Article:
Labour Fights Back on Housing Policy

Housing policy continues to be a top issue in the election

When David Cameron just a few weeks ago unveiled his plan to extend Right to Buy to Housing Association properties, he hoped to tap into the populist instincts of voters on housing policy. It wasn’t quite a silver bullet and Cameron received some criticism from media outlets such as The Economist for trying to buy votes. But housing remains an important issue in this election and Labour have not missed the opportunity to offer up their own big promises.

Over the weekend, Miliband unveiled rent control proposals capping increases at the rate of inflation (currently 0.3%) as well as plans to give tenants three-year contracts. This follows previously announced measures from Labour to ease the burden on renters, such as preventing estate agents charging fees before tenants have even moved in. Where Cameron receives slack for buying votes, Miliband’s critics are targeting him with the same lines they adopted in response to the energy price freeze: manipulating the market and distorting it for the worse.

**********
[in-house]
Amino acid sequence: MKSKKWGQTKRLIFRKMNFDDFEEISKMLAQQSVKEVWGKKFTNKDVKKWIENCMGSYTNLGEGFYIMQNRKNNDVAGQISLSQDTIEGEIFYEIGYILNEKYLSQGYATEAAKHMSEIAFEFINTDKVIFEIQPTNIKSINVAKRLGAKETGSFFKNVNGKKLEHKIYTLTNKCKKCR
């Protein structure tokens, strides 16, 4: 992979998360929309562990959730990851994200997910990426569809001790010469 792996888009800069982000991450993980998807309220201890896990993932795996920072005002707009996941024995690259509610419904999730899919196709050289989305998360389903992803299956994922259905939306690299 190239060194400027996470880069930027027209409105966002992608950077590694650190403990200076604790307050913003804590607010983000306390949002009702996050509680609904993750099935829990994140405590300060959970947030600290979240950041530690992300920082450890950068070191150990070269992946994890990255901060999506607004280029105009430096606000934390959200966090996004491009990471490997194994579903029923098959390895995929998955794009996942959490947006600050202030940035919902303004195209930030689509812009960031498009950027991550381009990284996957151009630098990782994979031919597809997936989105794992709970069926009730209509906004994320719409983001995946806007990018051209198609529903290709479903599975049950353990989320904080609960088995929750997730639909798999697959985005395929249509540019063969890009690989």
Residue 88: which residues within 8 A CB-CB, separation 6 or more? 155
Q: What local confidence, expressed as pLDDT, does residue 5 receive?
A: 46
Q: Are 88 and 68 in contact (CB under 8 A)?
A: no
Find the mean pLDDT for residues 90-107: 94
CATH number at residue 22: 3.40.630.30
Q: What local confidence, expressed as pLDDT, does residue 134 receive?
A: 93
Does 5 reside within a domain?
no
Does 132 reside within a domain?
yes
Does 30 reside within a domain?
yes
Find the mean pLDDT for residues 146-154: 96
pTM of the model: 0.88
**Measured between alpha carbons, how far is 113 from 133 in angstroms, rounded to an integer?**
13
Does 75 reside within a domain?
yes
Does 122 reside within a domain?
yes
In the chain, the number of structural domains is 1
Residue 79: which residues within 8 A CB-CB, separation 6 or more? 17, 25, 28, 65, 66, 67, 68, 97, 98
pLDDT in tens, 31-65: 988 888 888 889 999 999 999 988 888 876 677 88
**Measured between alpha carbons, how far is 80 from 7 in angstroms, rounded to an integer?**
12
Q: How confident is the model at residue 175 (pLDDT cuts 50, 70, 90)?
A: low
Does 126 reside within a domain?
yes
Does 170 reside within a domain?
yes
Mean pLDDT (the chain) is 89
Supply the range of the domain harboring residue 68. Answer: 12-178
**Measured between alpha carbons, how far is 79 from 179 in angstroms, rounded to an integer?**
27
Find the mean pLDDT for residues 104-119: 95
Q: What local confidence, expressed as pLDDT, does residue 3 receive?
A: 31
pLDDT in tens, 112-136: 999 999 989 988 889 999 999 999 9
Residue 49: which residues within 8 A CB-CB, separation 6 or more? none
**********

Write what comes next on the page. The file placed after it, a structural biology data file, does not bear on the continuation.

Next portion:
Miliband hasn’t been overly naïve on housing. He recognises that Margaret Thatcher powerfully reinforced the tradition that home ownership, not renting, is the ultimate British aspiration. The Conservatives have certainly been more vocal on this angle of housing.  Labour on the other hand have been limited to their plan to build a million new homes by 2020 which acted as the only sweetener for those keen on home ownership.

Now however, Labour have strengthened their offer. First-time buyers in new housing areas will receive priority to new markets and significantly, Miliband has announced that he would scrap stamp duty for first-time buyers on properties worth under £300,000. Labour can now argue that they have a rounded housing policy with supply side solutions (200,000 a year), support for ‘generation rent’ and a leg up for first-time buyers too. 

Julian

Hill & Knowlton Strategies Search